She then said, “The property is obsolete. It was built in the fifties. It is old and that is part of the reason for this development. I understand that people don’t like change, and don’t want a big box, but I can assure you that this property is very tired and it is going to be even more time-consuming, not only for me, but for the city police, because of the extra patrols they have to do to make this property safe.”

Expressing displeasure that State Senator Bill Galvano was providing legal counsel to Wal-Mart, Occupy Sarasota activist Paul Tuttle said, “I think it’s absurd that one of our Florida state senators has been hired to represent Wal-Mart.”Commercial realtor John Harshman supported the Wal-Mart proposal, saying, “It’s a shopping center that has seen some really good days, but those days were long ago … Publix didn’t say ‘Let’s expand on this site,’ they left. This is the only plan that has come forward.”

Expounding on his support, Harshman said, “This will help the retail downtown, but more importantly it will help the diversity of our residential downtown. We want to bring more vitality, more life to downtown, and this will give an alternate shopping [experience] that’s not Whole Foods and that’s not some of the higher-end shopping.”

Harshman also supported city staff’s interpretation of the zoning code.

After clarifying that she does not live in one of the potentially affected neighborhoods, Millie Small said, “I wouldn’t want it in my neighborhood, I know that.”

She then said, “There’s one thing I never heard mentioned, and that’s the noise of the air conditioners and where they would be located,” citing pervious complaints associated with Sarasota Memorial Hospital.

Referring to the traffic impact, Small said, “The traffic numbers don’t add up to me. If there’s no increase in traffic, I’d be worried if I was Wal-Mart,”---a comment that produced laughter from the audience.

Small also voiced concerns about blocking the existing sidewalk that connects the neighborhoods to the east with the shopping center parking lot that lies between the neighborhoods and Payne Park.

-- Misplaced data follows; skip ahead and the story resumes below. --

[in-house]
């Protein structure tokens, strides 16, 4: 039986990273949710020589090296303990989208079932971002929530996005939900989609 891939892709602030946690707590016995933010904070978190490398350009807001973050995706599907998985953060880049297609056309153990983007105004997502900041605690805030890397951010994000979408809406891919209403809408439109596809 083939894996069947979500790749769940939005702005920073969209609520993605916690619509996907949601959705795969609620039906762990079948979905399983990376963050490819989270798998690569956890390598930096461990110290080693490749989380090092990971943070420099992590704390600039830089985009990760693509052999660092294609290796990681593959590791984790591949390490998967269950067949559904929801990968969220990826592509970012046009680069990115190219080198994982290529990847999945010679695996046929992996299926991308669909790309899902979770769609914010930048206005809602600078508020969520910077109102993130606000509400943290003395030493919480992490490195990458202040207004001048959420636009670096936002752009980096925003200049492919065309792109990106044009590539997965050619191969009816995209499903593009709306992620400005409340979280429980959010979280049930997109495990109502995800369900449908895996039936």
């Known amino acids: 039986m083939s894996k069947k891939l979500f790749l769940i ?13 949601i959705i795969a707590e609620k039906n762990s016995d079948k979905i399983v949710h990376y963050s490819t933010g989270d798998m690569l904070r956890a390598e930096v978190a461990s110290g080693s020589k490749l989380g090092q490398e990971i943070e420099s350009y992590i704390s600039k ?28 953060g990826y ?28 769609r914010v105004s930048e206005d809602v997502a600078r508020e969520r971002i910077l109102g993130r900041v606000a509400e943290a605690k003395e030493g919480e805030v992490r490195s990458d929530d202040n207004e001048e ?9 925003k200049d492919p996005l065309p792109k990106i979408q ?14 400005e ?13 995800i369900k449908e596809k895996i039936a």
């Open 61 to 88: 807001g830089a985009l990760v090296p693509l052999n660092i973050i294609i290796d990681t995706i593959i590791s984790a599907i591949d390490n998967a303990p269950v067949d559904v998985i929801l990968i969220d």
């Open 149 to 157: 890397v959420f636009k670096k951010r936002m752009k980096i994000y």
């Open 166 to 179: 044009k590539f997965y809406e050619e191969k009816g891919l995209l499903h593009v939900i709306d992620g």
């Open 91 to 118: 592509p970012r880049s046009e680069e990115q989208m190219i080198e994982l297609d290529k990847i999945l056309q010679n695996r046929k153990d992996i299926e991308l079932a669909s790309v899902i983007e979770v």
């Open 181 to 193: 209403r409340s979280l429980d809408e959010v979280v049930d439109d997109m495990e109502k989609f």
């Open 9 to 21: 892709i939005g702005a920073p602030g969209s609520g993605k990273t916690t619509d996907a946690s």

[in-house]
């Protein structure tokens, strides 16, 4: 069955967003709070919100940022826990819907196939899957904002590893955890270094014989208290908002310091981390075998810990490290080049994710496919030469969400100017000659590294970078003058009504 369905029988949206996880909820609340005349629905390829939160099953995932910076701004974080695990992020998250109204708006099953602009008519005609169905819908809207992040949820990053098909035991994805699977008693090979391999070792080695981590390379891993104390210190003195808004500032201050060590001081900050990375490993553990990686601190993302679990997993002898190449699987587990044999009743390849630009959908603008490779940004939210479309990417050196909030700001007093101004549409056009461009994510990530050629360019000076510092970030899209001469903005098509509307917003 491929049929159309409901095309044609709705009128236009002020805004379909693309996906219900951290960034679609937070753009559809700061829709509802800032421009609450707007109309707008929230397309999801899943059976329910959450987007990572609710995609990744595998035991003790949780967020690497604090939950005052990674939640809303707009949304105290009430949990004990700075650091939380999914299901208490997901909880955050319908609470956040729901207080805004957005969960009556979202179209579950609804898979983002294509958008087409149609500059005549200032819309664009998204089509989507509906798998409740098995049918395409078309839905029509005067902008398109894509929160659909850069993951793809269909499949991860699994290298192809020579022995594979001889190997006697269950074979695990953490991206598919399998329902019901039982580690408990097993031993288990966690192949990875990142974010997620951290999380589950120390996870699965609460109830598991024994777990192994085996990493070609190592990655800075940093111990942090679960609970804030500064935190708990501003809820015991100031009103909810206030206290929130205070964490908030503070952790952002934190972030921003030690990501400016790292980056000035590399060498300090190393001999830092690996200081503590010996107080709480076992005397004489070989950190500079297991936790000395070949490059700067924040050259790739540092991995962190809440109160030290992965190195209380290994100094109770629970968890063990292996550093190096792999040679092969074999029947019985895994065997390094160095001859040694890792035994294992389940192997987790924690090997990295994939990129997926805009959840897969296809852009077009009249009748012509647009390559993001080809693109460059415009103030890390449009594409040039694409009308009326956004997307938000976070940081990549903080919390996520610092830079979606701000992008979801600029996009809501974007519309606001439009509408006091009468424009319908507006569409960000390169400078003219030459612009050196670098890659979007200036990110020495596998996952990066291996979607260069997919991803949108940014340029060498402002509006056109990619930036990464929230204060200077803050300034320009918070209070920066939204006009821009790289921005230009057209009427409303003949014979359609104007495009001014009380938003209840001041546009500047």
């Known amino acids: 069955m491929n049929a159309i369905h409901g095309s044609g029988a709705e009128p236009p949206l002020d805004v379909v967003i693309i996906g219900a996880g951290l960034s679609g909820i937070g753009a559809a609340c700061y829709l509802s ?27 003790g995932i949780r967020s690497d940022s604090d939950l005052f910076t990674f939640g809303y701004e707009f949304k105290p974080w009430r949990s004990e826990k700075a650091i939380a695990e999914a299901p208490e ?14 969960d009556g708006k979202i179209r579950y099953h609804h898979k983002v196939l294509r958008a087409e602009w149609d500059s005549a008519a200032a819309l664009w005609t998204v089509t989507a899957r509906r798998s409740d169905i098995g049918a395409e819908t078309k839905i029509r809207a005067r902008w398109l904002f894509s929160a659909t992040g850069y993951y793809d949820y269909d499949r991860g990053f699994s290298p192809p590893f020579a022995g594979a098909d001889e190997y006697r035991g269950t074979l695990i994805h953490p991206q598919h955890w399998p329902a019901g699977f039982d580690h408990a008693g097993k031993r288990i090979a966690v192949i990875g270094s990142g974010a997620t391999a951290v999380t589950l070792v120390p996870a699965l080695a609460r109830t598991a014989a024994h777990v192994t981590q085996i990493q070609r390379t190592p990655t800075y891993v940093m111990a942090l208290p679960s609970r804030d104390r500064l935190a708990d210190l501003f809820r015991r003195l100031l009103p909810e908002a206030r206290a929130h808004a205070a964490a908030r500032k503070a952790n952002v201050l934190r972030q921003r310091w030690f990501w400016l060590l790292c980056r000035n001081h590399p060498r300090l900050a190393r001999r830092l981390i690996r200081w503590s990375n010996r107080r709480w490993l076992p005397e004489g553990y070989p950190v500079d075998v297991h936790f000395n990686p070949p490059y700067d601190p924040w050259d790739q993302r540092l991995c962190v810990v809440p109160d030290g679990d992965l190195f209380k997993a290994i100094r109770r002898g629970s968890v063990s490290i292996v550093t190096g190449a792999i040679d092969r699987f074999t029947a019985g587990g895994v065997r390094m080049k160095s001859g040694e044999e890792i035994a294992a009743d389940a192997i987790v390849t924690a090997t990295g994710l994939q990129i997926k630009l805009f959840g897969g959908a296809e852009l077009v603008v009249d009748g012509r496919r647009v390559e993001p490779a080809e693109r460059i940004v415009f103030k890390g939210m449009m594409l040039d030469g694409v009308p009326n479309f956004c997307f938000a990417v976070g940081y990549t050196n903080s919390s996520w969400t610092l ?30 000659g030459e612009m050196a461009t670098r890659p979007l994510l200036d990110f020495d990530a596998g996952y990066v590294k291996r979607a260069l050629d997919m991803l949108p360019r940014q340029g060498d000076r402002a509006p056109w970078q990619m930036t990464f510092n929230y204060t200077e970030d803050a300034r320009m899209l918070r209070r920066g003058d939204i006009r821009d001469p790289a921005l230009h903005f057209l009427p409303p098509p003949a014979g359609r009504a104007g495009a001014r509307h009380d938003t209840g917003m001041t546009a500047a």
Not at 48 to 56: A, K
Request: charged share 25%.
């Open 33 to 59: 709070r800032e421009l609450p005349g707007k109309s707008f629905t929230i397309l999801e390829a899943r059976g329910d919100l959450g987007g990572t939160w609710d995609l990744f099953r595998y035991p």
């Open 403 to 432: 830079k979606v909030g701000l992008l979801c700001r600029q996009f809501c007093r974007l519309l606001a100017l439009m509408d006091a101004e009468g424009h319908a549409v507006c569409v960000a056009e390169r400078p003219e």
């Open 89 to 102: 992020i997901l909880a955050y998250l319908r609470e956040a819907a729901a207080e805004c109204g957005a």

Questioning Litchet’s interpretation of the zoning code, local land use attorney Dan Lobeck said, “This is a no-brainer. A department store is defined as a store of more than 15,000 or more square feet of gross floor area, selling a wide variety of retail goods arranged in general departments. Without question, Wal-Mart is a department store.”

Explaining that he is not opposed to Wal-Mart in general, Lobeck told commissioners they should deny this site plan application, and if they so desire, rezone the property in a manner that would allow for a department store.

Former supermarket  and "big box" executive Jim Lampl was the last citizen to speak. He said, “As a former site analyst, I’m bewildered why Wal-Mart would take this site. I would have turned it down just like Publix did. I would look for a site that has better access on a four to six-lane highway, like the new Publix store. I would never consider for five minutes this location.”Addressing the traffic impact study, he said, “The traffic planning study is flawed. I’m thinking that there’s close to 50,000 trip impacts per week, not 36,000, so I think the traffic impact is understated by at least 10 percent. These roads cannot take this kind of the impact.”

Lampl also cited concerns about noise created by semi-truck refrigerator units and as many as ten 25-ton rooftop air conditioning units, saying, “Even with energy efficient units, it makes a hell of a lot of noise at three o’ clock in the morning,” suggesting that the units would run continuously due to the anticipated 24-hour operations.

“The real impact of a 24-hour store is inescapable, and the retail net effect of a Wal-Mart is a zero sum game.”

(See accompanying story on possible legal action, why the commissioners voted the way they did and what others thought after the Wal-Mart decision was handed down.)